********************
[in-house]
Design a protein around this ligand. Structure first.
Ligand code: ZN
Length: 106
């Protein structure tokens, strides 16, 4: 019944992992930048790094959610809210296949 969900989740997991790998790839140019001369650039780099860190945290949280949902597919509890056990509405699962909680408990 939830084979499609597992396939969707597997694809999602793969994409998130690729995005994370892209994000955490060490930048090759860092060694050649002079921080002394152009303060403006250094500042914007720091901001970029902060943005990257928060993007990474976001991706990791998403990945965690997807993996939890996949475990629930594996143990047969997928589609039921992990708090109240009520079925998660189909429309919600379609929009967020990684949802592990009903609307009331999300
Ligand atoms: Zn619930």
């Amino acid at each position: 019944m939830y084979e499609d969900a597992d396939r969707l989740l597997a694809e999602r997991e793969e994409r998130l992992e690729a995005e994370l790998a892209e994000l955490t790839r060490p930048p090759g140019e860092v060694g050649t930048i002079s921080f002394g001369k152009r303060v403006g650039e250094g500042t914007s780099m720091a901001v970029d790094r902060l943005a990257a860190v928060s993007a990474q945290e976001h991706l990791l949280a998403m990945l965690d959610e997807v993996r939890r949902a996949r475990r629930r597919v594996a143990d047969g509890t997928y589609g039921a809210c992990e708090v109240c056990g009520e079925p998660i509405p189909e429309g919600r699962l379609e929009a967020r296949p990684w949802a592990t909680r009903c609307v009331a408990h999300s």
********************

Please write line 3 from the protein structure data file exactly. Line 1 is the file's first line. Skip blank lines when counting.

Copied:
Ligand code: ZN